She wasn’t like the other stars of her caliber. They never would have dared to be seen in a place like Pharmasave. For that would, first of all, entail actually being out of Los Angeles, where the CVS and/or Walgreens density allowed plenty of opportunity to hit up different locations each time, therefore remain anonymous. “Safe” from the likes of TMZ, in effect. The number of drugstores to choose from in Ladysmith, the Vancouver Island town Pamela had made famous, was not so robust—and Pamela didn’t care who saw her anyway. She was way past the concern over “being seen.” Least of all concern over being seen in a way that she couldn’t curate.
That ability had gone out the window quite some time ago. Not just with a certain illustrious tape that shall remained unnamed, but with the way she was stalked by the hungry fans and even hungrier paparazzi, some of whom actually dug through her trash to see the monthly box of hair dye. With all of them wanting just a “little” piece of her. Such a turn of phrase might provide plenty of implant-oriented fodder for a late-night talk show host. The spooks she was still entertaining even to this day. As a matter of fact, part of the reason she went into the drugstore for new hair dye that week was to prepare for an upcoming appearance on one of them. Let’s just say the one with the host who was among the few to base his talk show in L.A.—the milieu that Pamela still held dearly despite all it had “done” to her. Despite how much it had become a historic site for her trauma.
But she wasn’t obliged to ruminate on that trauma yet again as she went about the business of being “ordinary.” Stars – They’re Just Like Us! Going straight to the aisle she had become so familiar with during her ever-expanding “visit” to the town that she ran away from all those decades ago. Luckily, remote living had become chicer in recent years and, all at once, it was as though Pamela couldn’t resist the urge to retreat—something she probably should have done long ago, at the height of her harassment. Yet there was more pressure then. More expectation. The belief that this was 1) something she had “brought on herself” and 2) that it was part and parcel of being a sex symbol. Just ask Marilyn how much understanding was given to her as the world’s first modern version of that. And Pamela did like the Marilyn comparisons that a certain magazine’s editor-in-chief kept offering about her.
Maybe that’s part of why she was so eager to surrender her days of Sun In-induced blondeness for the sake of pleasing the professionals at “The Mansion.” The glam team that took one look at her and knew that her entire image could be changed with the right shade of blonde, not that “manila” color she had achieved with this cheap method. And yet, boxed hair dye was “cheap” (relatively) too. But it somehow worked like a dream on Pamela’s hair, or maybe she willed it so—for the entire reason she was insistent on the DIY hair method as someone of her star caliber was because she didn’t want to waste what little valuable personal time she had sitting in chairs waiting for someone else to laboriously perform a process she could do in twenty-five minutes.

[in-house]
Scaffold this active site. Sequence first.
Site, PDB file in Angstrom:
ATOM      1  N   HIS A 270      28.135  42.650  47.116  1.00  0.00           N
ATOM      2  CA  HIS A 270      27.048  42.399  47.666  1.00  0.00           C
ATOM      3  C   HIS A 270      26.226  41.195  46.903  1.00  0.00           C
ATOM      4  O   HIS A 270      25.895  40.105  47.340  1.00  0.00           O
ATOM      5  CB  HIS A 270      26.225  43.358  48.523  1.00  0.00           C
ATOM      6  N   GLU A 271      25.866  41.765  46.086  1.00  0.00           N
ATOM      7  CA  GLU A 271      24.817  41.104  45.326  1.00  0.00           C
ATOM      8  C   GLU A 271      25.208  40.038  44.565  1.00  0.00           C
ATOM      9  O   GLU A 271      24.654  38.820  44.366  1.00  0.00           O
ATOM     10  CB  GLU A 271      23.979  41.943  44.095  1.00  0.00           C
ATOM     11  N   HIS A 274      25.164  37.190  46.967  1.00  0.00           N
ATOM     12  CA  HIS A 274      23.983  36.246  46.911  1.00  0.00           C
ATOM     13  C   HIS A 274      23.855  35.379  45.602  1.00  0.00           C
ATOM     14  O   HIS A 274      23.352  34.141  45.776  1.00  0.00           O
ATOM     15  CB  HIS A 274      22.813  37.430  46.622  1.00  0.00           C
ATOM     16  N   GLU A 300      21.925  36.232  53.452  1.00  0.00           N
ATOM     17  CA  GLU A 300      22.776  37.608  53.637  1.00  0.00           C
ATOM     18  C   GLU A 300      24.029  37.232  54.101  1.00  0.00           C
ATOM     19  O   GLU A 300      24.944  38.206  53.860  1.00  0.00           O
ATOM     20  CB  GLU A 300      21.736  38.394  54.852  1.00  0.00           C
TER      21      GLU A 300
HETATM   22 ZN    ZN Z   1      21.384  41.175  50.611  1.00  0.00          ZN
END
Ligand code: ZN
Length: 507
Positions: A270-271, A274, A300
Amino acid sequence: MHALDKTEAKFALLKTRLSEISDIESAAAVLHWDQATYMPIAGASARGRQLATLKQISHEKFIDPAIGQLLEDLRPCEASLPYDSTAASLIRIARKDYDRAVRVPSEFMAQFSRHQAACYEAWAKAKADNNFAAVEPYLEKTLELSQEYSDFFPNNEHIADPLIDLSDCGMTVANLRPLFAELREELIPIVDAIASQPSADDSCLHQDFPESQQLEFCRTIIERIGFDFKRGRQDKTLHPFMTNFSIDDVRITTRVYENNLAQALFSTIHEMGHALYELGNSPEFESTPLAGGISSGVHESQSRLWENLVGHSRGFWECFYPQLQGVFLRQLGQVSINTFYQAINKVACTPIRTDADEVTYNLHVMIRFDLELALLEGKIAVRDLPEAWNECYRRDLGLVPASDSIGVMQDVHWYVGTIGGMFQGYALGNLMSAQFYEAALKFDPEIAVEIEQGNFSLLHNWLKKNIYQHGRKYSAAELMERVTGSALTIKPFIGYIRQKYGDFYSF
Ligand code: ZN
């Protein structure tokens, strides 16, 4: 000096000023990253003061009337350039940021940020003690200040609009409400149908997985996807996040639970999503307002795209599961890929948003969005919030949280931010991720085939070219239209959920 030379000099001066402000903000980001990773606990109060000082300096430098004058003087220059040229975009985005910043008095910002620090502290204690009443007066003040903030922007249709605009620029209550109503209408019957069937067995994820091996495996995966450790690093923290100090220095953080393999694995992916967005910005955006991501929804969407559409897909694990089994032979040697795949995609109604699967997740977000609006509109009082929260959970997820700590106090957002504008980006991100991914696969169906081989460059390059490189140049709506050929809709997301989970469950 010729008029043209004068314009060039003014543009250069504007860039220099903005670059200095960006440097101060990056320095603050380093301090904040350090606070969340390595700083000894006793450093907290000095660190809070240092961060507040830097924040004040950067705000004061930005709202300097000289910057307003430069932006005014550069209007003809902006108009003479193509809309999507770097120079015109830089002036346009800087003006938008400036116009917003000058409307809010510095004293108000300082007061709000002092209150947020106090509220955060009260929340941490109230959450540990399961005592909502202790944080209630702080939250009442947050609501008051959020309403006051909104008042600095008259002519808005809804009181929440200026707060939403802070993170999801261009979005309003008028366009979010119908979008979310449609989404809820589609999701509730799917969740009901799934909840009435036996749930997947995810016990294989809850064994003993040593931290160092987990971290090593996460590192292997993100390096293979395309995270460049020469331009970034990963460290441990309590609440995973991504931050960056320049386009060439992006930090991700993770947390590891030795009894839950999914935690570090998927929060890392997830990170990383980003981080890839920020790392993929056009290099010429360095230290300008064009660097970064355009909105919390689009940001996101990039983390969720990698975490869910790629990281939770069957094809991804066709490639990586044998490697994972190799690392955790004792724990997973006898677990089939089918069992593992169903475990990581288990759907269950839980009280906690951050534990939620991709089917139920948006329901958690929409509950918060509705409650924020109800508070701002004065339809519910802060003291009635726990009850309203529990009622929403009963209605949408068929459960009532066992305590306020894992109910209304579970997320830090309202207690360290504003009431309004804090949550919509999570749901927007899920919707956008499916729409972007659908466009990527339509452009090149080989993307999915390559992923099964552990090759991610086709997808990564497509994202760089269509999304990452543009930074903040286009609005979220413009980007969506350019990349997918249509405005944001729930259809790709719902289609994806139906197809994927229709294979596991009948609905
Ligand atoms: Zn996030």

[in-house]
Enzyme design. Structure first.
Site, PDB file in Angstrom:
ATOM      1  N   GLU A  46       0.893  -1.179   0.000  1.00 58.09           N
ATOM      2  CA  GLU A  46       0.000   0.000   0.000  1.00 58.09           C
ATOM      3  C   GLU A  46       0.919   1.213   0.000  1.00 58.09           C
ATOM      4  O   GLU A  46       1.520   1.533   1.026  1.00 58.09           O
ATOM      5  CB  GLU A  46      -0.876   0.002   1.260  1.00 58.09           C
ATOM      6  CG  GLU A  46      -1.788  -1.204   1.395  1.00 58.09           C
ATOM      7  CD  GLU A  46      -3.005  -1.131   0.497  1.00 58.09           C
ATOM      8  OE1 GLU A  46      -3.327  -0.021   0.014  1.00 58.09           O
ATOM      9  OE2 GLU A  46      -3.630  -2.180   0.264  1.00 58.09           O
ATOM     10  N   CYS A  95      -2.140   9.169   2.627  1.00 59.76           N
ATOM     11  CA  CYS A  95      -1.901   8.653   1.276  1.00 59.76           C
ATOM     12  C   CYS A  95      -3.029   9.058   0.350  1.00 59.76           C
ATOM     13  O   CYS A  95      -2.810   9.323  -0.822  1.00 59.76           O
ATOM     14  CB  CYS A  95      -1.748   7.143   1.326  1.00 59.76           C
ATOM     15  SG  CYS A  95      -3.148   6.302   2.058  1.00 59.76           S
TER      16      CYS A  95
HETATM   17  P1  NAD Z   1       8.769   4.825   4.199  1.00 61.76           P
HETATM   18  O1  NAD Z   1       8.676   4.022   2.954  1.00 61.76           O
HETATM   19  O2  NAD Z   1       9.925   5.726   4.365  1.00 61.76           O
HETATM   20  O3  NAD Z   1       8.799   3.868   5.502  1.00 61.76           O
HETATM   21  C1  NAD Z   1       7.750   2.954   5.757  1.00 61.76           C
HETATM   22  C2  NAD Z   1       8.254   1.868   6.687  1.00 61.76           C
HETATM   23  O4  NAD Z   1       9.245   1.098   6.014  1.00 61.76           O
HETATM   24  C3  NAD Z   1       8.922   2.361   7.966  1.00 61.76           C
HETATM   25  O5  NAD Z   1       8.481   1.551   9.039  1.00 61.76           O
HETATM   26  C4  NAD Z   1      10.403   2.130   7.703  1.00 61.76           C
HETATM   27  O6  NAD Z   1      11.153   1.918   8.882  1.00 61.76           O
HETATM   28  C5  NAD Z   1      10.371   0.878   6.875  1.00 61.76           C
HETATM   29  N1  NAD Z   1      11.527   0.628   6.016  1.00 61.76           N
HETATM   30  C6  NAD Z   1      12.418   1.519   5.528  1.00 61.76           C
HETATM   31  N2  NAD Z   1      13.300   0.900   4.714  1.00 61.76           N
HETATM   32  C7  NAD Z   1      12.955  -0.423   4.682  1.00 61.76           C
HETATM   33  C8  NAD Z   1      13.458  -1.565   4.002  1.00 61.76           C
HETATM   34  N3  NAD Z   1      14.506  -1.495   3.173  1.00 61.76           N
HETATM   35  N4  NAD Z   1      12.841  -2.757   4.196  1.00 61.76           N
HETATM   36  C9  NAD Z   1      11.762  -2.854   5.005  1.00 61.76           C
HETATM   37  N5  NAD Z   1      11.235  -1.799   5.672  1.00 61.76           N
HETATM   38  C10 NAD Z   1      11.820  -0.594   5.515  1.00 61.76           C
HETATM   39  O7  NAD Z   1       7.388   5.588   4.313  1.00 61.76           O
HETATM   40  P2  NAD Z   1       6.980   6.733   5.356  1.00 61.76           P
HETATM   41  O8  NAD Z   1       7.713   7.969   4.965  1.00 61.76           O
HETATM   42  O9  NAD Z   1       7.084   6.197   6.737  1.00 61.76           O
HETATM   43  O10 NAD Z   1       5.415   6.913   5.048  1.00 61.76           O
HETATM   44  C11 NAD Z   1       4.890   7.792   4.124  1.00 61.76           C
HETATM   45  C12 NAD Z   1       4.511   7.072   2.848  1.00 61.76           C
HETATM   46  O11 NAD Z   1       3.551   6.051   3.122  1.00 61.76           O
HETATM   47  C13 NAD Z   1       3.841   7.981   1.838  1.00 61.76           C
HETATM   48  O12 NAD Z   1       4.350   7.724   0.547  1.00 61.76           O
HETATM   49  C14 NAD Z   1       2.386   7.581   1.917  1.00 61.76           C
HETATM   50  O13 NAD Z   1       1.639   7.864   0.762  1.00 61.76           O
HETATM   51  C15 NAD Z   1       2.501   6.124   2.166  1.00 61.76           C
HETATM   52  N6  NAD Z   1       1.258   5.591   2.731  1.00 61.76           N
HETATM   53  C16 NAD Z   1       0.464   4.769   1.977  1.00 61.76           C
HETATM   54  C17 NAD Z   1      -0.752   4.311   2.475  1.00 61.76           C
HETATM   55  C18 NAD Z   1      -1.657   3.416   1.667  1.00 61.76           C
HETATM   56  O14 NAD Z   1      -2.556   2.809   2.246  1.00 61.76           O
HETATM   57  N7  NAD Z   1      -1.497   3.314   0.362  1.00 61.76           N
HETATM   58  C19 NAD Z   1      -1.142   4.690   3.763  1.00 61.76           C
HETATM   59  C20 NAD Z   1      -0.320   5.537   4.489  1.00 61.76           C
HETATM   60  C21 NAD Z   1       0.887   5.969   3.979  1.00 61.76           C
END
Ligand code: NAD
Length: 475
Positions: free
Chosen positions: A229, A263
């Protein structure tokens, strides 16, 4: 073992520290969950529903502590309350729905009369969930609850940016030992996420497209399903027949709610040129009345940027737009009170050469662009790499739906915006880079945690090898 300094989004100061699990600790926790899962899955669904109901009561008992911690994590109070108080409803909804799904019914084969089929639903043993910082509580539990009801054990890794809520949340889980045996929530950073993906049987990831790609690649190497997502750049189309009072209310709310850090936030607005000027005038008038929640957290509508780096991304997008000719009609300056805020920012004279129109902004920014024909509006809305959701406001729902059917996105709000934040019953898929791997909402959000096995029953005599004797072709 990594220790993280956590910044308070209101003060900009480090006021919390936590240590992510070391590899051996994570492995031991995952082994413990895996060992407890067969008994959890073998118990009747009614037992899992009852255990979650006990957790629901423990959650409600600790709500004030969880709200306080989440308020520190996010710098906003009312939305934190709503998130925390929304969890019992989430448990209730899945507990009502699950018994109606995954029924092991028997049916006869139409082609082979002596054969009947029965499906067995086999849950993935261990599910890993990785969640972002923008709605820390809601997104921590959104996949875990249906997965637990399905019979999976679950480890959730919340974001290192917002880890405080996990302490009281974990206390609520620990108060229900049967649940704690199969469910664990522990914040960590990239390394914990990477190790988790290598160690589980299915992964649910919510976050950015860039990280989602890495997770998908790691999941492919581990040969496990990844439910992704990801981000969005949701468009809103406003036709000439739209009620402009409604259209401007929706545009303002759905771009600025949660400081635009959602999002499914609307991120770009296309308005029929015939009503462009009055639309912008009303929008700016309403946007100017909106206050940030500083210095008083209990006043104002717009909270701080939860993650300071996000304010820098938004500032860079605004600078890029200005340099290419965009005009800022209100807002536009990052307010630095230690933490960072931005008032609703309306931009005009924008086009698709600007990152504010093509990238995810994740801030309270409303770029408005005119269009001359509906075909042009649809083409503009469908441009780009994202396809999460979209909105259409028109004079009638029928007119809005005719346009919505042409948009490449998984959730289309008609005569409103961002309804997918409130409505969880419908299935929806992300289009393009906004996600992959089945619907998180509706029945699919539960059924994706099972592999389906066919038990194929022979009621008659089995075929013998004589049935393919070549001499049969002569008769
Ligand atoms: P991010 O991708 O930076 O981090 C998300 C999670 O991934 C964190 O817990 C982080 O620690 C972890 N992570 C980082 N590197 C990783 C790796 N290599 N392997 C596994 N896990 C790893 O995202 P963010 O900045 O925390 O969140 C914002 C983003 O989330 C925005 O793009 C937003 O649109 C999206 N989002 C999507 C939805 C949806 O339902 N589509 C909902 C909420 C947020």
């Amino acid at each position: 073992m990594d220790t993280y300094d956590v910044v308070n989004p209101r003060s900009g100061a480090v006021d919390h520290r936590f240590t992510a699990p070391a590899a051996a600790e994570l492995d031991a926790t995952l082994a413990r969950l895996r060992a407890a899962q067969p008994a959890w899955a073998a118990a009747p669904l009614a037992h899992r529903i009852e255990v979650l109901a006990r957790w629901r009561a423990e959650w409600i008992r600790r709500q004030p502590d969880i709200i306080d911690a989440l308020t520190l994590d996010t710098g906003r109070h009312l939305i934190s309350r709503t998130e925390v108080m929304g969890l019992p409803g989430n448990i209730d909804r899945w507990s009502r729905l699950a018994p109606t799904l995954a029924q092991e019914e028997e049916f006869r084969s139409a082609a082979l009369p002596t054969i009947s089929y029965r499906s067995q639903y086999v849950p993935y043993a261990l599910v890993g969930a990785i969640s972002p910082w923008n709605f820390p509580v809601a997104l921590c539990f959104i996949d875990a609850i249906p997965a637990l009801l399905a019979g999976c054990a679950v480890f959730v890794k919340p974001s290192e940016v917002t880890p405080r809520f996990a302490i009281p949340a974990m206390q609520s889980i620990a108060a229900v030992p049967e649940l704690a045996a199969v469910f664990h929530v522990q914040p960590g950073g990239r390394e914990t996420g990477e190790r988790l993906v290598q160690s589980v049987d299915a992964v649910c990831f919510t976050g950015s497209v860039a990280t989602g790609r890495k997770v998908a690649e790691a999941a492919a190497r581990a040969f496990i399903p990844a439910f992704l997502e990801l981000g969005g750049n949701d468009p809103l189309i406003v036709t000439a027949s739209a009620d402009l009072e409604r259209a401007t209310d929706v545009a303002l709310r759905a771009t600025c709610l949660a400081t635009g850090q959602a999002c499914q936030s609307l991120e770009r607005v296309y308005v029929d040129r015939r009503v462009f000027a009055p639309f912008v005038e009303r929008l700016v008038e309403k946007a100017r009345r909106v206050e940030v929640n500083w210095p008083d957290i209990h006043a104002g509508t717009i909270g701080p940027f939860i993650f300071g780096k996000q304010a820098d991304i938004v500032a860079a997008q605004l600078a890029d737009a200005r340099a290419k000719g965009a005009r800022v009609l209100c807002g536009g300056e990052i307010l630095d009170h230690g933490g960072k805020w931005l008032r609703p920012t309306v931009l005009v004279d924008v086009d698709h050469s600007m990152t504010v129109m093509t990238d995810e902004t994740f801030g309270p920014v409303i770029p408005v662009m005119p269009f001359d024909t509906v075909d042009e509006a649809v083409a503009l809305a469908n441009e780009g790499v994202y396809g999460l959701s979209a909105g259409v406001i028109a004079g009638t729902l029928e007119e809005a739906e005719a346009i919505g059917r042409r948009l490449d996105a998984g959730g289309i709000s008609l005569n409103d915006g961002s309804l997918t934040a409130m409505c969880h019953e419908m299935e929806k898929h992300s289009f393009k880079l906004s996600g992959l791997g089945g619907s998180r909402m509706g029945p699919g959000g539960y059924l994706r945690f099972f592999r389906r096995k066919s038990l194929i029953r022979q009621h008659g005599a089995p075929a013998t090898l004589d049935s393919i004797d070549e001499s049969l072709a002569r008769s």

So here she is, alone in the aisle at Pharmasave. The fluorescent lights accenting some of the less flattering creases and folds that her pancake makeup couldn’t cover. “Scandinavian Blonde, here I come,” she says aloud, to no one in particular. Or maybe it’s just to the slew of invisible cameras we all imagine are following us at any given moment. Except, in her case, such a thought is merited. Unlike her naïve belief that she wouldn’t be immediately and harshly judged for parading the “truth” about how she “really” gets her infamous look (as if most actresses didn’t share the same secret about their unnatural hair color—but somehow it was more glamorous because they paid someone else to beautify them). Worse still, as an attempt to be more relatable, it landed flat when some women started praising her for her honesty and then using her preferred brands and “tricks of the trade,” only to realize that it was just the roots that Pamela dyed. Not her whole head (try to avoid any innuendo-making here).
Thus, of course she can make it all look “effortless” that way. She’s not dealing with the entire mass of tresses, as most people (a.k.a. women) do when they’re taking on the additional grooming task of dyeing their hair. Which they don’t really see as quite the same “treat” as Pamela, who touts the at-home hair dye process as a magical “regift” of one’s time back to them. She can bake or read or whatever other twentyish-minute hobby fits into the preset period. It made some wonder if she was truly aware of how time worked—that she was only adding on to her daily hours of menial labor as opposed to detracting. That the assistance of a “glam squad” type of person would have, in contrast, actually given her way more time (even though she has so much more of it now that she’s not a “relevant”—code for: young—star) to do the things she loves than schlepping to the pharmacy, hoping to find the same shade again and then going back to her isolated lair (Norma Desmond-style) to set the clock on the process.
When one got to the core of why Pamela really did it—now, at least—it was clear the real reason was to fill the hours. The dreaded hours. She decided not to anymore, though, after getting sick off the fumes of a brand she had never tried before (that’s what one gets for being “adventurous,” she supposed). And her hair looked completely deranged afterward. Almost like it did back in the early days when she was an ingenue and had likened the tone generated from her Sun In obsession to “manila.” Maybe, once and for all, she was done being cheap, she decided, glancing at her botched color in the mirror before throwing the box out in the garbage can.